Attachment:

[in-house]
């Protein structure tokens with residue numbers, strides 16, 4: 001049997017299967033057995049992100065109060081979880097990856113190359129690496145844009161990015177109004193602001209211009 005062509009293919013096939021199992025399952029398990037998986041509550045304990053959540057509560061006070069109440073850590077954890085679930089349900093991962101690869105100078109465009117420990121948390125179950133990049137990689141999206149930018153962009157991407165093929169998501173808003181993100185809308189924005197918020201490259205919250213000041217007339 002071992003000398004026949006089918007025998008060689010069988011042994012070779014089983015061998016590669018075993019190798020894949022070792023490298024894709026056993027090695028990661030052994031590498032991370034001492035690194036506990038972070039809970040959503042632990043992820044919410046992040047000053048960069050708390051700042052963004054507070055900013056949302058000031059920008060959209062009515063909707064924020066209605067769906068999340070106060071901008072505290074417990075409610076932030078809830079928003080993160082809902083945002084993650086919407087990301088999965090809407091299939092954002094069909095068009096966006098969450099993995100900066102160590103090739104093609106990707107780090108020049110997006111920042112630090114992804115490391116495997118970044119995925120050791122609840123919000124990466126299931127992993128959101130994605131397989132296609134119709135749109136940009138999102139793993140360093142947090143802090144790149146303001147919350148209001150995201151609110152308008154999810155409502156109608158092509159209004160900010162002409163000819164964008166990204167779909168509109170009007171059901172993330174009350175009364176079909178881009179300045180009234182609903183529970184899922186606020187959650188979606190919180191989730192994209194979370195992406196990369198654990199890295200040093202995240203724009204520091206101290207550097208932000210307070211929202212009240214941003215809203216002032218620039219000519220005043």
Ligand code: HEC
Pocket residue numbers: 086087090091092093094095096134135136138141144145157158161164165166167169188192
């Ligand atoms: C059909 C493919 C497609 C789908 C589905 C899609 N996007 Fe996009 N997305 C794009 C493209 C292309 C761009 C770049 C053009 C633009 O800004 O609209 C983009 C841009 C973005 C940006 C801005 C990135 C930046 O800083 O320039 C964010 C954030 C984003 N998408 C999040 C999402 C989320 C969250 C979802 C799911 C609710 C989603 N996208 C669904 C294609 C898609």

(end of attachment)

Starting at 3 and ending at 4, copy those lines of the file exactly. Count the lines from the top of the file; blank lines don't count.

Ligand code: HEC
Pocket residue numbers: 086087090091092093094095096134135136138141144145157158161164165166167169188192